In what is believed to be the first jury verdict in an Indiana Commercial Court case, a jury in Indianapolis has awarded a doctor $4.75 million in her defamation and fraud lawsuit against a Carmel hospital and medical group where she had privileges.
The jury found for the doctor, who claimed she had wrongly been accused of having alcohol on her breath while on duty.
The jury concluded Thursday night that Dr. Rebecca Denman was entitled to judgment on four of five claims she brought in a lawsuit against St. Vincent Carmel Hospital and St. Vincent Carmel Medical Group Inc.
“I feel vindicated by the jury’s verdict,” Denman, an obstetrician and gynecologist, said in a statement. “It has been a very difficult two years for me, and it is my hope that this finally puts the matter to rest.”
Denman’s claims stem from a December 2017 incident at St. Vincent Carmel Hospital when a nurse falsely and belatedly accused her by email of having an odor of alcohol on her breath while at work, according to a statement from her law firm, DeLaney & DeLaney.
“Dr. Denman did not consume alcohol on the date in question. The hospital had written policies in effect requiring immediate reporting and testing when doctors are suspected of drug or alcohol use in the workplace. The nurse claimed not to know the policy and she waited 13 hours to send her email report. The belated timing of the report denied Dr. Denman any opportunity to clear her name by blood or urine test,” the law firm said in a statement.
A spokesman for St. Vincent’s parent, Ascension, issued a statement Friday saying that “we are disappointed by the jury’s verdict and are exploring all options available to us, including appeal.” Attorneys with the firm Littler Mendelson, which represented St. Vincent in this litigation, did not immediately respond to requests for comment.
Jurors who heard the case during a four-day trial before Marion Superior Civil Division 1 Judge Heather Welch awarded Denham $2 million on her defamation claims; $1 million each on her claims of fraud and constructive fraud; $500,000 on her claim of tortious interference with an employment relationship; and $250,000 on her claim of negligent misrepresentation.
The jury concluded Denman did not prove her claim of civil conspiracy.
“We are very pleased with the jury’s carefully considered verdict and are proud of our client for standing up in the face of injustice,” Denman’s attorney, Kathleen DeLaney, said in the statement. “The jury did what St. Vincent Carmel Hospital and St. Vincent Medical Group should have done — recognize the belated and unsubstantiated accusation for what it was.”
Denman, who had provided services through St. Vincent or its predecessor entities since 1996, sued in July 2018. She claimed she was informed of the allegation two days after the nurse’s report and asked hospital officials why the proper protocol had not been followed, according to her complaint.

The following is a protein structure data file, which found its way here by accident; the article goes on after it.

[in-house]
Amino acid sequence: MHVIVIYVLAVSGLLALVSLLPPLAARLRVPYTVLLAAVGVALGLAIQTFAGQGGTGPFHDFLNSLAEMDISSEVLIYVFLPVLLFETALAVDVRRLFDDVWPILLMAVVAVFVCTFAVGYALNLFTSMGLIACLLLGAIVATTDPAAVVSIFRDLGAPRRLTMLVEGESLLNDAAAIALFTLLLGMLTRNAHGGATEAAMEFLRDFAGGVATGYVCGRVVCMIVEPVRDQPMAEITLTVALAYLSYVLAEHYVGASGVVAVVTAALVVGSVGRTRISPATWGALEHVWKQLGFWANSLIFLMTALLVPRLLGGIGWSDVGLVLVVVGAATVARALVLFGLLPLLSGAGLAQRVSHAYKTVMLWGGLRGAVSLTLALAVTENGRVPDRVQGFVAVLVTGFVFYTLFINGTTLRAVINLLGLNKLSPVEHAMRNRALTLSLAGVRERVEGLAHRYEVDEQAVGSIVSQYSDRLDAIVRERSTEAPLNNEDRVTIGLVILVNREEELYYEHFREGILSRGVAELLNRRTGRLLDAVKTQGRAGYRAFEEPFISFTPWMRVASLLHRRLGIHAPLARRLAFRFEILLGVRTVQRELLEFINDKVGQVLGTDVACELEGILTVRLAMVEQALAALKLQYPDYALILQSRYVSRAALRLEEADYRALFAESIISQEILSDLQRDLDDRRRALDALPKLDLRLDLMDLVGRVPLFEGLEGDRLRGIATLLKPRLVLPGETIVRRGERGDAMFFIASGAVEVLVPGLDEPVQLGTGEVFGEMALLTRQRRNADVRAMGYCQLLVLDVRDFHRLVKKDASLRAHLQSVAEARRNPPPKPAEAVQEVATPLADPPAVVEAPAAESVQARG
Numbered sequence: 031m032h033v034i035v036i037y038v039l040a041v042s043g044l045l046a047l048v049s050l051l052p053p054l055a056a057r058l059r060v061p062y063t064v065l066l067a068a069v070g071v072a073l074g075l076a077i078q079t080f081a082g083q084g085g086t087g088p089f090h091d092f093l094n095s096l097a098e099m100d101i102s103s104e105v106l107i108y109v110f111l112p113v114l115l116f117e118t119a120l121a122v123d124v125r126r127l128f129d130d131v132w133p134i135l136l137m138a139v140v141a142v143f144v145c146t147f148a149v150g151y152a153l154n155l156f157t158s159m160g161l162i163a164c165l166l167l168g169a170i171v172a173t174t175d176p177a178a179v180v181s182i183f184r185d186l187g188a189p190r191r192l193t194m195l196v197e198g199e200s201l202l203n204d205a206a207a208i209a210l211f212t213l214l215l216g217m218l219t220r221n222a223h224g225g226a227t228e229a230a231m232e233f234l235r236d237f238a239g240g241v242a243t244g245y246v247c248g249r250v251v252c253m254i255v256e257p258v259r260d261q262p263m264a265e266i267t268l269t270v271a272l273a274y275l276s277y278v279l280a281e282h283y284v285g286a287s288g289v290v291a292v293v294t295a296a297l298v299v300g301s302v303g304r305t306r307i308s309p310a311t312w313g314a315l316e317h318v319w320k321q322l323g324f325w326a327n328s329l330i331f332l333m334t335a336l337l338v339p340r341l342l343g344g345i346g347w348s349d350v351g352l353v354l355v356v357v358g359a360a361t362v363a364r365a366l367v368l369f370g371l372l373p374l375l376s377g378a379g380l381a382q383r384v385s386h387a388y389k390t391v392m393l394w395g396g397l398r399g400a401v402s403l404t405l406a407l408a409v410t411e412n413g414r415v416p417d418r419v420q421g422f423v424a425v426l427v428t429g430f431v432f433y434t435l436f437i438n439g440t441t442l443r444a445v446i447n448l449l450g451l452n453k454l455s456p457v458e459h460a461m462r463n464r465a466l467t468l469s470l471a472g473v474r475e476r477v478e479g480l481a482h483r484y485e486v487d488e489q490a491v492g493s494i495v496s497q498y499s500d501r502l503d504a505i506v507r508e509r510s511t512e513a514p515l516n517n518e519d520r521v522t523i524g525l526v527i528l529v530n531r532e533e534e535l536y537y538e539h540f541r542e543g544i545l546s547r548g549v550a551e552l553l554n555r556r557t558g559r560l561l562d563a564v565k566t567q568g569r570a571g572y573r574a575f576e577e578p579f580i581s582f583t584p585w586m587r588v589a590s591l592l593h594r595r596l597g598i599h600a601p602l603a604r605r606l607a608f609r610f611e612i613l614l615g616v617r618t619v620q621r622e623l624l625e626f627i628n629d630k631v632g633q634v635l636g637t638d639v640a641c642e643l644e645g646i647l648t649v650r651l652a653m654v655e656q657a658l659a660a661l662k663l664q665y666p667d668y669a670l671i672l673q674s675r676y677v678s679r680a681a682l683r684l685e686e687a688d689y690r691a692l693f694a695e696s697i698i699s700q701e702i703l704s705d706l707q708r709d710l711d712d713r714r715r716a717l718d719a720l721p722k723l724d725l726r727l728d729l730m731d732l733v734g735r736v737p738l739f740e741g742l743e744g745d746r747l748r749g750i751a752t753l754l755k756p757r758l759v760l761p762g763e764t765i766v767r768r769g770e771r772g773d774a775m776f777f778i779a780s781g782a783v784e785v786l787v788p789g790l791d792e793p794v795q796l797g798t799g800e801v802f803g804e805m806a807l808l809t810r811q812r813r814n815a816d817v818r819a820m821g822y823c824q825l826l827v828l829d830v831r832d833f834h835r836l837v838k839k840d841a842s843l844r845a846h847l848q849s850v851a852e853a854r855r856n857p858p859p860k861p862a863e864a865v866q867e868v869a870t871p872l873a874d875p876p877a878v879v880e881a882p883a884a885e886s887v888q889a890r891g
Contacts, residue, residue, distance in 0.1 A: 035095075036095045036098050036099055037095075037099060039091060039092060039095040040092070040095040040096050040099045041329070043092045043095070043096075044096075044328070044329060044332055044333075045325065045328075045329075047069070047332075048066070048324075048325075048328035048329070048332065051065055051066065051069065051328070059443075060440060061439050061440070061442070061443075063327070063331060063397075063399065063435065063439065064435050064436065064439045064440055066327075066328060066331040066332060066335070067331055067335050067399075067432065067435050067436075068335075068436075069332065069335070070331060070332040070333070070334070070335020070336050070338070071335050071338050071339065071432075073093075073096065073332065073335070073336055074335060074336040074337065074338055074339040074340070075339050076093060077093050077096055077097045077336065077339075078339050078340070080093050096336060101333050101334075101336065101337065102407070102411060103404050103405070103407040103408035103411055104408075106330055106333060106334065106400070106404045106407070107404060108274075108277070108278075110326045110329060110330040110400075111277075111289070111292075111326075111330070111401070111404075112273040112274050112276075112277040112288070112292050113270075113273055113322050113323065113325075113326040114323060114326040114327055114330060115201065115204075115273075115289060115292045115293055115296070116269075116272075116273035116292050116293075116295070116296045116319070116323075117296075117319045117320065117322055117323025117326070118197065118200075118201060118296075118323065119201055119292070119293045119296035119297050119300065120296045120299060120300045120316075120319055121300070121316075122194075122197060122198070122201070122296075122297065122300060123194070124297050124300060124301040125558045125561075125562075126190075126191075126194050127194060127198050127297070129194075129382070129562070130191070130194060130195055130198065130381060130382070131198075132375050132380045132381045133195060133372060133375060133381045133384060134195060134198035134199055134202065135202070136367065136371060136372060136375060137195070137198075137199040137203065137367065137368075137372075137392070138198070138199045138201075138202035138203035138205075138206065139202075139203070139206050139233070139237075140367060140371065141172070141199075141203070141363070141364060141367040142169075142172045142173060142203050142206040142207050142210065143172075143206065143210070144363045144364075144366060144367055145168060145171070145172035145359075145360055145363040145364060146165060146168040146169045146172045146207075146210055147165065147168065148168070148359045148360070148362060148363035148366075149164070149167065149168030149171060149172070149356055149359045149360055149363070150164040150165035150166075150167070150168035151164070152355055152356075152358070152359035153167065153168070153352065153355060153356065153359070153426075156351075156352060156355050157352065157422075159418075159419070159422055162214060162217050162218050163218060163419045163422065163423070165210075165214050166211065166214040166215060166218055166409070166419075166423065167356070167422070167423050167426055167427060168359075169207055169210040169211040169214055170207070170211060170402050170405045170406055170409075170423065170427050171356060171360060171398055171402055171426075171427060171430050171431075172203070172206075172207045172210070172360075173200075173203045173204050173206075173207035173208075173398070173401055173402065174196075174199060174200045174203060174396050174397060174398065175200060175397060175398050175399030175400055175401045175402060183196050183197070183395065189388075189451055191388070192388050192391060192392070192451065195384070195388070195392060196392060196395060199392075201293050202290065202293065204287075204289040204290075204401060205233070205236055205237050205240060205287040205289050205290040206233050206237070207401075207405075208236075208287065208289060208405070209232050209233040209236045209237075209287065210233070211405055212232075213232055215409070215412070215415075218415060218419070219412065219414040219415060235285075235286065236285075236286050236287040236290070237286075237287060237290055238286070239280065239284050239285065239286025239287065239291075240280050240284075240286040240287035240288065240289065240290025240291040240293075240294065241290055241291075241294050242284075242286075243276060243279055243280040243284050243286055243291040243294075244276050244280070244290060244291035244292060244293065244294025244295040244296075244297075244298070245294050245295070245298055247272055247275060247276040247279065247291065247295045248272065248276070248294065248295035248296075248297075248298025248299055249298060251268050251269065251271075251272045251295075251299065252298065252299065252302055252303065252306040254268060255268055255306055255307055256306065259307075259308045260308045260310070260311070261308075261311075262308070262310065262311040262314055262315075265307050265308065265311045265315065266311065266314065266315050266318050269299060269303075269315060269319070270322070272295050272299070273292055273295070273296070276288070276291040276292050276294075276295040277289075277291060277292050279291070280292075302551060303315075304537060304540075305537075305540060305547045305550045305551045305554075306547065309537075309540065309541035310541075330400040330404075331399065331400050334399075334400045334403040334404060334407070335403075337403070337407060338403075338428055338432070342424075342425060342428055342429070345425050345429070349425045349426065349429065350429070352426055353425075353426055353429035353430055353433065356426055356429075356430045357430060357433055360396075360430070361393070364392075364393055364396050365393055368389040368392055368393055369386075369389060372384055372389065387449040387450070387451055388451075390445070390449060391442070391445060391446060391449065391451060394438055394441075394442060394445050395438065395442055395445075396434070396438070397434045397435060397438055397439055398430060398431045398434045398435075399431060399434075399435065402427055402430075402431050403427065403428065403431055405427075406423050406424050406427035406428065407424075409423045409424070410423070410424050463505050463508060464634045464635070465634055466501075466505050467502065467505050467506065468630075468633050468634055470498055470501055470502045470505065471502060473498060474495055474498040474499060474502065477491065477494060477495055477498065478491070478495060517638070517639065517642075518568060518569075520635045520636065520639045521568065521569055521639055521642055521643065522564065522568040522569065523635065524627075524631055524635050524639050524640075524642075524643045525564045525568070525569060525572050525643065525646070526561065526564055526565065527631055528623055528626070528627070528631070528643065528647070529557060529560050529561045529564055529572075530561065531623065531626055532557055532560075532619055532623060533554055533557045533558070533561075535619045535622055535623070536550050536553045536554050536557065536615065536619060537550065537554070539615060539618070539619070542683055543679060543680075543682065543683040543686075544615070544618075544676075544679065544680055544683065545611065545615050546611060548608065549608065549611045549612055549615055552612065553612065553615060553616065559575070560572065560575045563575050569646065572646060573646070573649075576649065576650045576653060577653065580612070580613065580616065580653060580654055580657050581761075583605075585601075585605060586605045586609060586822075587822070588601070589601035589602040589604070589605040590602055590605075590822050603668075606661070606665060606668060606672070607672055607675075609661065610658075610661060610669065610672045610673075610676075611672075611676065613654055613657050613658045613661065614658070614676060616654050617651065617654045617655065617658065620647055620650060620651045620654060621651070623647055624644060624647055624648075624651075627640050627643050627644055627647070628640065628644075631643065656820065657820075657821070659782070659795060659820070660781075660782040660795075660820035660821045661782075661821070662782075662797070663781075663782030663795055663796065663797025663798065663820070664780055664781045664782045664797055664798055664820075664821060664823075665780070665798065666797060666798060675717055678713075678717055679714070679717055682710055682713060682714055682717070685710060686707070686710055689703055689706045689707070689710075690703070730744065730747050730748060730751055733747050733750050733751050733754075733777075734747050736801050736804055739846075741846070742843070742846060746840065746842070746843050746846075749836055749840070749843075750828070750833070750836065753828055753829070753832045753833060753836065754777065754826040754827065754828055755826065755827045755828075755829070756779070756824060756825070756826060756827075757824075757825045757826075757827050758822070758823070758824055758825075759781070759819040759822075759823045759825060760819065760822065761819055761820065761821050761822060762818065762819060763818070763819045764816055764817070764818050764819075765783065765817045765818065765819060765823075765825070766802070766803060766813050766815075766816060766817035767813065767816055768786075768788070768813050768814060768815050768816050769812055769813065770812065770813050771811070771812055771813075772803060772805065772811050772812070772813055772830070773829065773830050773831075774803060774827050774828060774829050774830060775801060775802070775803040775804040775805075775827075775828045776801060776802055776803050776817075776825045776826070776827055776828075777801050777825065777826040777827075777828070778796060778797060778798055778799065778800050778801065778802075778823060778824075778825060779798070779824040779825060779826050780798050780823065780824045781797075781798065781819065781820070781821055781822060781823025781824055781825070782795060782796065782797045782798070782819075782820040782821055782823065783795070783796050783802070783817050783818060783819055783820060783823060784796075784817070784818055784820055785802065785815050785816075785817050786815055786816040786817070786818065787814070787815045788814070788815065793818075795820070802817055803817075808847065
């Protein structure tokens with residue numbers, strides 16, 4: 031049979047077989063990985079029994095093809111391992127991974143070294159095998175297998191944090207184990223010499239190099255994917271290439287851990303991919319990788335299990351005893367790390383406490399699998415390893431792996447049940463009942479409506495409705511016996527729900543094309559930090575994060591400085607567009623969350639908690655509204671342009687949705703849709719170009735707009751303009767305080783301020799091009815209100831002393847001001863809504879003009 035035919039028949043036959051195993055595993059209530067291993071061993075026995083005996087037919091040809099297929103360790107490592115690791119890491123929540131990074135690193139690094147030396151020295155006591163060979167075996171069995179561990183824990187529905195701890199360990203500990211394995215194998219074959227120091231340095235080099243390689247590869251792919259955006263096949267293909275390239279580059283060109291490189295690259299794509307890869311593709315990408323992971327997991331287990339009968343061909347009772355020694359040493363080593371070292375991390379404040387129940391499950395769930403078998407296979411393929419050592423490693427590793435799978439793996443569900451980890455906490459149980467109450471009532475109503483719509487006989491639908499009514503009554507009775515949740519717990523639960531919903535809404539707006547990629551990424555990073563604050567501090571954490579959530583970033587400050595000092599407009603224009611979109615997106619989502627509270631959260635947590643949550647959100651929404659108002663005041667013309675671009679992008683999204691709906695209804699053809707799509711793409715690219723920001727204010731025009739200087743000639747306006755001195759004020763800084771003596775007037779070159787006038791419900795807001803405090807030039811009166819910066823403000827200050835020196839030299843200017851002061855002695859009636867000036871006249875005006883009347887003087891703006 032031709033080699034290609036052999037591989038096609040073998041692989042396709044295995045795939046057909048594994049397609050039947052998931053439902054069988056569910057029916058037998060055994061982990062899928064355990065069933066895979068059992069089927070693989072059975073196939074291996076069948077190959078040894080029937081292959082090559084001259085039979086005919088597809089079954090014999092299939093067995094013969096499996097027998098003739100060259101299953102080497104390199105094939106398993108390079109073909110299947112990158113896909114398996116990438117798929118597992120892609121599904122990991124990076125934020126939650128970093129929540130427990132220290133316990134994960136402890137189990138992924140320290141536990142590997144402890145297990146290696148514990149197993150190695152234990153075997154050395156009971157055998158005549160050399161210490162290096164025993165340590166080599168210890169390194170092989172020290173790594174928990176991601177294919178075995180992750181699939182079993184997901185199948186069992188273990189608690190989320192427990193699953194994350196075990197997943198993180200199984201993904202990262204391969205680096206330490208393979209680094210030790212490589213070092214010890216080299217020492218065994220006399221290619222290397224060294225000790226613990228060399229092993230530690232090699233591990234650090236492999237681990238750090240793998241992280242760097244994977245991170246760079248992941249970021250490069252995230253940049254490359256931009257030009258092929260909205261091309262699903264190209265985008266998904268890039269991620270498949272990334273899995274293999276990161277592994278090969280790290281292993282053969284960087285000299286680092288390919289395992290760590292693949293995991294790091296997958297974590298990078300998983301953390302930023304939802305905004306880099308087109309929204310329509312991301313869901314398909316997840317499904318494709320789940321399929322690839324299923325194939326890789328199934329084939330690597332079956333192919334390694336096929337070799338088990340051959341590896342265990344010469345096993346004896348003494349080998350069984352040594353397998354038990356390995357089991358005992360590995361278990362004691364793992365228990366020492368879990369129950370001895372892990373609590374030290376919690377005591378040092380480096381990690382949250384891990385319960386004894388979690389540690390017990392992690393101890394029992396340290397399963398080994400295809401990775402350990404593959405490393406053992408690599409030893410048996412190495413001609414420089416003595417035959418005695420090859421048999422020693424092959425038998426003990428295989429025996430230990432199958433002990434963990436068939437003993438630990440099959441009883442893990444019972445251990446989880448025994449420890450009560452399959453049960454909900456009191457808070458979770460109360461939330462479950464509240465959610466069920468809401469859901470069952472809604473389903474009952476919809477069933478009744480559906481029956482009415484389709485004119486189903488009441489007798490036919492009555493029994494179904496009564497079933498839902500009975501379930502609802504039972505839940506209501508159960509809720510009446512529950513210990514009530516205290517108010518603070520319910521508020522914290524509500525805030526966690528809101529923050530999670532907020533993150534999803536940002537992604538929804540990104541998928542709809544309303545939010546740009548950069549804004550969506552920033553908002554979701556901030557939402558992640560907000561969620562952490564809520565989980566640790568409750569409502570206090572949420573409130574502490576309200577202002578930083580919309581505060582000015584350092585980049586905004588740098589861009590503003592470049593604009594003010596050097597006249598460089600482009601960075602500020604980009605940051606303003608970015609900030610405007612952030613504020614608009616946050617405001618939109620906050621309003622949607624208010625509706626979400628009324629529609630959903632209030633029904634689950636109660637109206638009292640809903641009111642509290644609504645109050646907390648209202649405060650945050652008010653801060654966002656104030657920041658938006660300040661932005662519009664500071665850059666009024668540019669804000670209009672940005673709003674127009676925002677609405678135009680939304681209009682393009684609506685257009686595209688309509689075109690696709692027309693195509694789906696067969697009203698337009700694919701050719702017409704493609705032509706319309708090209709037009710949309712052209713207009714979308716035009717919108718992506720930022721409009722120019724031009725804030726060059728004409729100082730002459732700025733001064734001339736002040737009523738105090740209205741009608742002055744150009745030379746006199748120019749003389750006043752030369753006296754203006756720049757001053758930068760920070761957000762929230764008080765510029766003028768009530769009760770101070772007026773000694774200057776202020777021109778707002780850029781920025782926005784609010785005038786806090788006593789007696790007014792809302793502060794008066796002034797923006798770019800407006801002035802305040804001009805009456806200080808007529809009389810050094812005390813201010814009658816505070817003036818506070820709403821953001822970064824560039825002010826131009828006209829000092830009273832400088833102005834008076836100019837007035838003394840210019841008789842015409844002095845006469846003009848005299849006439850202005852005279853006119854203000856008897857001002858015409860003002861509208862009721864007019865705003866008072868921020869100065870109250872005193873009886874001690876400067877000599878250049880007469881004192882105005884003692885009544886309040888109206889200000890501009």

About a week later, St. Vincent Medical Group informed Denman that it had reviewed the allegation through its peer review process, and she was placed on paid administrative leave and indefinitely suspended. Denman alleged St. Vincent also coerced her as a condition of employment to submit to an alcohol dependency evaluation through the Indiana State Medical Association.
She claimed the association relied on “misrepresentations and omissions” from St. Vincent in referring her to the Positive Sobriety Institute in Chicago. The hospital denied in its answer to the complaint that it made misrepresentations or omissions.
“As a result of PSI’s report, and as a condition of keeping her medical license and her job, ISMA and SVMG required Dr. Denman to state that she was an impaired physician and further required her to enter PSI’s treatment program,” Denham argued in her complaint, which St. Vincent denied.
Denman ultimately returned to work about three months later under terms of an ISMA monitoring agreement requiring five years of monitoring. But she asserted in her suit that St. Vincent never used its peer review process, and that if it did, it deprived her of her right under state law to participate in a hearing. St. Vincent denied those allegations in its answer to the suit.
The Indiana Supreme Court established commercial courts in 2016, creating dockets in Allen, Elkhart, Floyd, Lake, Marion and Vanderburgh counties. The specialized courts are designed to hear and more briskly process complex business, commercial and professional disputes.